Friday, April 29, 2022

truthful statement about role in developing product isn't falsified by later split

Hawrych v. Nutra-Luxe M.D., No. 2:21-cv-830-SPC-MRM, 2022 WL 1187136 (M.D. Fla. Apr. 21, 2022)

“Nearly twenty years ago, Plaintiff Dr. Andrew Hawrych, a plastic surgeon, and Defendant Peter Von Berg, a businessman operating a cosmetics and skin care company, formed an oral agreement to develop new cosmetic products.” Eventually, instead of monthly compensation, Von Berg offered Hawrych a 10% ownership interest in Nutra-Luxe, which worked for 16 years. “Because of Dr. Hawrych’s association, Von Berg incorporated the acronym ‘M.D.’ into the company name, added the phrase ‘physician developed/formulated’ to the product descriptions, and used Dr. Hawrych’s name, likeness, and trademark (‘Hawrych MD’) in various advertisements.”

However, Von Berg allegedly sold Nutra-Luxe to Lash HoldCo, LLC without notice or compensation to Hawrych without paying him, at which point Hawrych revoked permissions and licenses that he had granted Defendants for the use of his name, image, and trademark.

Addressing only the false advertising claim: Given that Hawrych explicitly alleged that he developed the products at issue, Lash-Global’s advertisements stating that Dr. Hawrych developed their products were not plausibly false or misleading. It was not enough to allege that the marketing materials were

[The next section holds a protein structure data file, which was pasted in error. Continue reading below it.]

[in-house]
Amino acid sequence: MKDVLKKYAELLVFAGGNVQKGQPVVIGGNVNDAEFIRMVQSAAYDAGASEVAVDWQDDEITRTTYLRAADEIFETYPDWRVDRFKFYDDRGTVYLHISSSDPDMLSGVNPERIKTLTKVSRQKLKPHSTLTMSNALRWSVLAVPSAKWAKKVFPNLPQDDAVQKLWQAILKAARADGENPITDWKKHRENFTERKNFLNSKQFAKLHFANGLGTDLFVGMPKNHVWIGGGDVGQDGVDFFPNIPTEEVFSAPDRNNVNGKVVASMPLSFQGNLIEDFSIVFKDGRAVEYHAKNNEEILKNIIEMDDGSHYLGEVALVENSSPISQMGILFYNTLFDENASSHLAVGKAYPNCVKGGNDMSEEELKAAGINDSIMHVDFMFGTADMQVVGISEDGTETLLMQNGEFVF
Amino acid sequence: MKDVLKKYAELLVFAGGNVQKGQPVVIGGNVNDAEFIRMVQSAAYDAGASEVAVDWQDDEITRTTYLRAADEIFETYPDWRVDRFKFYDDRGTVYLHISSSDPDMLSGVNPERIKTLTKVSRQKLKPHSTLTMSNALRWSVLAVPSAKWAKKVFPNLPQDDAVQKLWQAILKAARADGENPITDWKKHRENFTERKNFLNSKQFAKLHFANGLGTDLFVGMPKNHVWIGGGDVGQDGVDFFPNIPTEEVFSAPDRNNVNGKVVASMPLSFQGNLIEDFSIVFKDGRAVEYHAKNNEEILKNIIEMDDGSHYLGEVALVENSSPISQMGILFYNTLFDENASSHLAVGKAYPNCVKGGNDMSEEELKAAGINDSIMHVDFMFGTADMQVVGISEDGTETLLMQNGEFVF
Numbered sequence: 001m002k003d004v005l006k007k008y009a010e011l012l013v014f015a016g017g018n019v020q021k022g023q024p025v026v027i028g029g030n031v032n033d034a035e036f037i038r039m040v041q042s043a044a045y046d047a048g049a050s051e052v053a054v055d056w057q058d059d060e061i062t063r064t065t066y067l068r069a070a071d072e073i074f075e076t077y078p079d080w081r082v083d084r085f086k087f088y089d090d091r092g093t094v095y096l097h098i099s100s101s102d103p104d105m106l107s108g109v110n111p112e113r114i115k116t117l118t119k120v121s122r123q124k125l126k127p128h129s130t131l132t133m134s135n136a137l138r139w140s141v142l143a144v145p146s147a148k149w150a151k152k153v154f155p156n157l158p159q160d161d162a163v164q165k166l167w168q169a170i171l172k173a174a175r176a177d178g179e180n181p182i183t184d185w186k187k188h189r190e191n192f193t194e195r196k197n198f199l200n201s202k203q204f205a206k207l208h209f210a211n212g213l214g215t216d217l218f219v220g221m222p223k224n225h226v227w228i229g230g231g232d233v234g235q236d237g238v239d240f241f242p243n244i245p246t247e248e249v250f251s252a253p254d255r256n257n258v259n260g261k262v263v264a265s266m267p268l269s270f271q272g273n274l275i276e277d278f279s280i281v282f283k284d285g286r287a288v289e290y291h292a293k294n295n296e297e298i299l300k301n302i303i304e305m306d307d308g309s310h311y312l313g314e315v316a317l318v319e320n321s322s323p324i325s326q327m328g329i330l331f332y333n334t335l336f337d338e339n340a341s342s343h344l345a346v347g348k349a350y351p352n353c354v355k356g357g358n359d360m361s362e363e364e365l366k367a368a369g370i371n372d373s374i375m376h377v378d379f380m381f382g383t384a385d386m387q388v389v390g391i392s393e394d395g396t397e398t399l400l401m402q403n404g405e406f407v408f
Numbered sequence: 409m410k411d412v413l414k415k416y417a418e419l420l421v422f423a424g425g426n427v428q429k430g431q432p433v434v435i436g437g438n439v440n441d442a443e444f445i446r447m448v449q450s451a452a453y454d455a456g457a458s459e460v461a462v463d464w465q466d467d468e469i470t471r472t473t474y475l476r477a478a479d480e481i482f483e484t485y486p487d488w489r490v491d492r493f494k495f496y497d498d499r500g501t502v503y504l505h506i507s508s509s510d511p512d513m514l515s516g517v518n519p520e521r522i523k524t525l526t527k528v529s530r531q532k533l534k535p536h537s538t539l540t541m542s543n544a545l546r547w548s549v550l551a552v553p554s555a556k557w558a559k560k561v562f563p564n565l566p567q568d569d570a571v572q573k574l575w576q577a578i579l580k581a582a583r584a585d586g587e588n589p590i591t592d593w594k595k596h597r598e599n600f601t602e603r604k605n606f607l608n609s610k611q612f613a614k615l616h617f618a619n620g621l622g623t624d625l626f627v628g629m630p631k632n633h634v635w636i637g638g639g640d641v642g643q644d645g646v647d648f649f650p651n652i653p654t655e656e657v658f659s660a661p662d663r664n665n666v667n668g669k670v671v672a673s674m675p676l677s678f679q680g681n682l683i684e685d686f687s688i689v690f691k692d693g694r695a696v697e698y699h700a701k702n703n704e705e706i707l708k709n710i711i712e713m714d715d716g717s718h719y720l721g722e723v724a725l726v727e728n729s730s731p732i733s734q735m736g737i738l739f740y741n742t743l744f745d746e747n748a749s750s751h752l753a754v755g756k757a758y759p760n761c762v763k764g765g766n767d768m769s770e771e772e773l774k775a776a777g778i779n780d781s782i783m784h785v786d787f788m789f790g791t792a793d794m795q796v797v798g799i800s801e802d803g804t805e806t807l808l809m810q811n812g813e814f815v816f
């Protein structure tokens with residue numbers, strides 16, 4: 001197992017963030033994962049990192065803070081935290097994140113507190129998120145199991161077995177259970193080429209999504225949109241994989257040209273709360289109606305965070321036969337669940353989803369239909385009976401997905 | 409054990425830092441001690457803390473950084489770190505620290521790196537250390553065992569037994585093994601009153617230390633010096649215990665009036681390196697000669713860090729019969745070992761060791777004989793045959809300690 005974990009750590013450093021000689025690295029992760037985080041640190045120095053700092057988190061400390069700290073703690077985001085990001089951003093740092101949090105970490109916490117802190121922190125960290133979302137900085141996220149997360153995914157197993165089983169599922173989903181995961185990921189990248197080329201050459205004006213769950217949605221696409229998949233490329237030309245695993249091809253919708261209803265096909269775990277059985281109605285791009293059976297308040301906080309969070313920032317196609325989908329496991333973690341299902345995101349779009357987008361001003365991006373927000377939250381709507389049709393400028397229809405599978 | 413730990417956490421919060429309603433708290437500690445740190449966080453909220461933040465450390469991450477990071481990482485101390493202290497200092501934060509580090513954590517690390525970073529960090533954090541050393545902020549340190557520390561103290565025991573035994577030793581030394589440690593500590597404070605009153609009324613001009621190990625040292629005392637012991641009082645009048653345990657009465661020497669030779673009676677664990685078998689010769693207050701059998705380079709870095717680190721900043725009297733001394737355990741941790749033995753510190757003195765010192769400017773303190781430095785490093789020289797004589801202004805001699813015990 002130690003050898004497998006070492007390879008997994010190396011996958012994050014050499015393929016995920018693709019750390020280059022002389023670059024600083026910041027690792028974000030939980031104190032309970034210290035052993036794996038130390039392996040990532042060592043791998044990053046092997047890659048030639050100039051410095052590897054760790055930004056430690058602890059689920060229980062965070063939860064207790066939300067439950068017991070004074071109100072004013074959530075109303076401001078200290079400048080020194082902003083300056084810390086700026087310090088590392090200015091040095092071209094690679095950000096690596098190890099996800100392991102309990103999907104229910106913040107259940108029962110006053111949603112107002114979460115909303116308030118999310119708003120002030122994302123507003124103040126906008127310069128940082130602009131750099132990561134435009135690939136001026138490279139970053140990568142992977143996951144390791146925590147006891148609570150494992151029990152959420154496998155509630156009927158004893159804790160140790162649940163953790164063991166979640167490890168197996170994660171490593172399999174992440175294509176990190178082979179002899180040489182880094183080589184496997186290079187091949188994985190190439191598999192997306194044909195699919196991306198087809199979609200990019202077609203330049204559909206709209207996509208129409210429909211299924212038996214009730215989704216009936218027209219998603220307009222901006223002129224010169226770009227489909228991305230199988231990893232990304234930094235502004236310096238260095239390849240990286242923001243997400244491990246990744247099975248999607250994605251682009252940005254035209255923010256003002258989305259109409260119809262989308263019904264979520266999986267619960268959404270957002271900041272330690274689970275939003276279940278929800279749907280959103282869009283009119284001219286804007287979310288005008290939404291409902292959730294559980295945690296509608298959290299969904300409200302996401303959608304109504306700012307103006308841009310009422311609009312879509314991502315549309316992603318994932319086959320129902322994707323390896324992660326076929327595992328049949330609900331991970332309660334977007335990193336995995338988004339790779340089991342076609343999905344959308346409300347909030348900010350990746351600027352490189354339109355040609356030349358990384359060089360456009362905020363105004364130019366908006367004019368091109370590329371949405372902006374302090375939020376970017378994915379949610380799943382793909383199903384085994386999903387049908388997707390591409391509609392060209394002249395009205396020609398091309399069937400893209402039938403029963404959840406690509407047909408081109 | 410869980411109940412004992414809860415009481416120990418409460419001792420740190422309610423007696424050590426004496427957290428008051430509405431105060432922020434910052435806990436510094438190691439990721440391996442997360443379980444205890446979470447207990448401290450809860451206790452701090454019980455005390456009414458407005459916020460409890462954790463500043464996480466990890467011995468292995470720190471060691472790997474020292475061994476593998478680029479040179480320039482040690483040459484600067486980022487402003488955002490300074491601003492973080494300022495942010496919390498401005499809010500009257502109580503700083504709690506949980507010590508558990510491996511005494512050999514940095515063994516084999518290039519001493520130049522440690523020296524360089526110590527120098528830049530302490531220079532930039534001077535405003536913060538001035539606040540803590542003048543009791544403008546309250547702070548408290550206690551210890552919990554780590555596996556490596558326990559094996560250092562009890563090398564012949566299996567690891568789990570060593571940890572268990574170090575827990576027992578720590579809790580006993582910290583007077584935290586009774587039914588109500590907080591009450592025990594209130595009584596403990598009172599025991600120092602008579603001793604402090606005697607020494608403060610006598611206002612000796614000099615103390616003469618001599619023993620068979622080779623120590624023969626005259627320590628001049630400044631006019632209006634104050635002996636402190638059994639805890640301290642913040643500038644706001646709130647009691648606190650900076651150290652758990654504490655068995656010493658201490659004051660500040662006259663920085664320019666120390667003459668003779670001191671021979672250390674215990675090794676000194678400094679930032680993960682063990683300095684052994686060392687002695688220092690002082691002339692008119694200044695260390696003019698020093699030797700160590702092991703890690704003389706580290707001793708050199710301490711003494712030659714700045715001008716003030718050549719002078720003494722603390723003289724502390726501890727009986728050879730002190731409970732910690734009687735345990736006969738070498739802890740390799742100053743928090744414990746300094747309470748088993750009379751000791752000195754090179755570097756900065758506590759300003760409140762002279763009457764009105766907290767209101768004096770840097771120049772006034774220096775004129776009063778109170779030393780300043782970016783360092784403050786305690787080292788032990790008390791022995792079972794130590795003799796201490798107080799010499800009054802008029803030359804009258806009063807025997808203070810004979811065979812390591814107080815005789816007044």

“misleading as to his present involvement.” The allegations related to the use of “M.D.” in the company name; the phrase “physician developed/formulated”; the use of his name, likeness, and registered trademark “Hawrych MD”; and, post-license termination, statements that defendant’s “products were developed by Hawrych,” inclusion of Hawrych’s name on their products as listed on their websites; and marketing using terms identical or similar to “Dr. Hawrych” and “Dr. A. Hawrych.” This allegedly misled consumers into thinking he was still associated or connected with the new company, and that it continues to have his sponsorship, endorsement, consent, or approval.

But the alleged statements, e.g, “[t]his revolutionary technology was clinically researched, physician formulated and tested by A. Hawrych MD, A Board Certified Facial Plastic Surgeon” and “Dr. Hawrych’s most advanced skin serum is formulated with two neuro-peptide ingredients,” were admittedly true. “Statements conveying Dr. Hawrych’s role in the research, formulation, and testing of Nutra-Luxe’s products are not rendered misleading because his relationship with the company producing the products has changed.” Thus, the false advertising claim would be dismissed.

False advertising law has a much more structured way of accounting for implications than trademark law does. As a trademark claim, this is harder to kick out just because it’s true, because courts have fewer tools for explaining that the benefit of the true information about product development has to be traded off against the potential misleadingness about continuing involvement, as the current morass of first sale doctrine indicates. But given the benefit of the truth, and the lower-if-present materiality of the allegedly false implication, courts should favor allowing the truth. (Note that Dastar also produces this result!)

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